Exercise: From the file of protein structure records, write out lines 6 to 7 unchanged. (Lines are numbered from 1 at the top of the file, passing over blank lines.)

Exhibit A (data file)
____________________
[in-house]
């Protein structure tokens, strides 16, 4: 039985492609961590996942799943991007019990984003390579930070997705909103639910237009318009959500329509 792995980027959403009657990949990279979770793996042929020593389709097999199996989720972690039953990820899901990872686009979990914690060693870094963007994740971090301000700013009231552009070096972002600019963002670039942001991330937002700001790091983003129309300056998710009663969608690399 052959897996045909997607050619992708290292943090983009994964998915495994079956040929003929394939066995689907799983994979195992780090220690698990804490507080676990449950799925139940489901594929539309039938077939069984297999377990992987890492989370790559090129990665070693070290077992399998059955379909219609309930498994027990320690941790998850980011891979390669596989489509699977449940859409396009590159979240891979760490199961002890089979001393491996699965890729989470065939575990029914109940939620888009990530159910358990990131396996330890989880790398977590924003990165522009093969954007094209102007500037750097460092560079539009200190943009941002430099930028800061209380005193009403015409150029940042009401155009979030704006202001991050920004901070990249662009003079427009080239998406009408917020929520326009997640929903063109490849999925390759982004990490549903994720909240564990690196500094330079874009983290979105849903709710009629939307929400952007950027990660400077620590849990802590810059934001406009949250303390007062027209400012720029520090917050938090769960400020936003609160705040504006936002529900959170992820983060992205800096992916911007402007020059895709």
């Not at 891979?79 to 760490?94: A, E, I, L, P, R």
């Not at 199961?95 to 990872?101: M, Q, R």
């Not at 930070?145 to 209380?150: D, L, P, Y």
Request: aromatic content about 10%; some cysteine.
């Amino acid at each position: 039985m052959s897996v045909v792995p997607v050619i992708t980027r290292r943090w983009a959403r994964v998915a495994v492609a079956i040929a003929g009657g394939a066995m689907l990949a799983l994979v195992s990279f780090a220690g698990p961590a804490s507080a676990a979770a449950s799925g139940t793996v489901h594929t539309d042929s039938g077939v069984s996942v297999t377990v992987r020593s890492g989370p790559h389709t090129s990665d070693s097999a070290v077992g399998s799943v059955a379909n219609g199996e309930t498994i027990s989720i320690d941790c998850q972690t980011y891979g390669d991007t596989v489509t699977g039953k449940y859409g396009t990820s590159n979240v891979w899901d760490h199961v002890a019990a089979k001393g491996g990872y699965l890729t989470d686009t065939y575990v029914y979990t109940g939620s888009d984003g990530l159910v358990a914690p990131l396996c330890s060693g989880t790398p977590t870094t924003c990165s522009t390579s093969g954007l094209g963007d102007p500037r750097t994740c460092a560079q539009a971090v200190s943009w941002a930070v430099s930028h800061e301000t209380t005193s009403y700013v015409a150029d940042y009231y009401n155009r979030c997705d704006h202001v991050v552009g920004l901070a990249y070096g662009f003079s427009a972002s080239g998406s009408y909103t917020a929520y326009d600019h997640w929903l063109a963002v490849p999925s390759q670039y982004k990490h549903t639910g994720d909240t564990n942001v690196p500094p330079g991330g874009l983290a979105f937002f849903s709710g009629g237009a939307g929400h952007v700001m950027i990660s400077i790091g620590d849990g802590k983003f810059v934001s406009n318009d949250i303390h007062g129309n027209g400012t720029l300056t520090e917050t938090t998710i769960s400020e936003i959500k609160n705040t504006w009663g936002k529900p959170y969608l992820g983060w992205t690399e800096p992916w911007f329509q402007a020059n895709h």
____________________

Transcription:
Request: aromatic content about 10%; some cysteine.
């Amino acid at each position: 039985m052959s897996v045909v792995p997607v050619i992708t980027r290292r943090w983009a959403r994964v998915a495994v492609a079956i040929a003929g009657g394939a066995m689907l990949a799983l994979v195992s990279f780090a220690g698990p961590a804490s507080a676990a979770a449950s799925g139940t793996v489901h594929t539309d042929s039938g077939v069984s996942v297999t377990v992987r020593s890492g989370p790559h389709t090129s990665d070693s097999a070290v077992g399998s799943v059955a379909n219609g199996e309930t498994i027990s989720i320690d941790c998850q972690t980011y891979g390669d991007t596989v489509t699977g039953k449940y859409g396009t990820s590159n979240v891979w899901d760490h199961v002890a019990a089979k001393g491996g990872y699965l890729t989470d686009t065939y575990v029914y979990t109940g939620s888009d984003g990530l159910v358990a914690p990131l396996c330890s060693g989880t790398p977590t870094t924003c990165s522009t390579s093969g954007l094209g963007d102007p500037r750097t994740c460092a560079q539009a971090v200190s943009w941002a930070v430099s930028h800061e301000t209380t005193s009403y700013v015409a150029d940042y009231y009401n155009r979030c997705d704006h202001v991050v552009g920004l901070a990249y070096g662009f003079s427009a972002s080239g998406s009408y909103t917020a929520y326009d600019h997640w929903l063109a963002v490849p999925s390759q670039y982004k990490h549903t639910g994720d909240t564990n942001v690196p500094p330079g991330g874009l983290a979105f937002f849903s709710g009629g237009a939307g929400h952007v700001m950027i990660s400077i790091g620590d849990g802590k983003f810059v934001s406009n318009d949250i303390h007062g129309n027209g400012t720029l300056t520090e917050t938090t998710i769960s400020e936003i959500k609160n705040t504006w009663g936002k529900p959170y969608l992820g983060w992205t690399e800096p992916w911007f329509q402007a020059n895709h």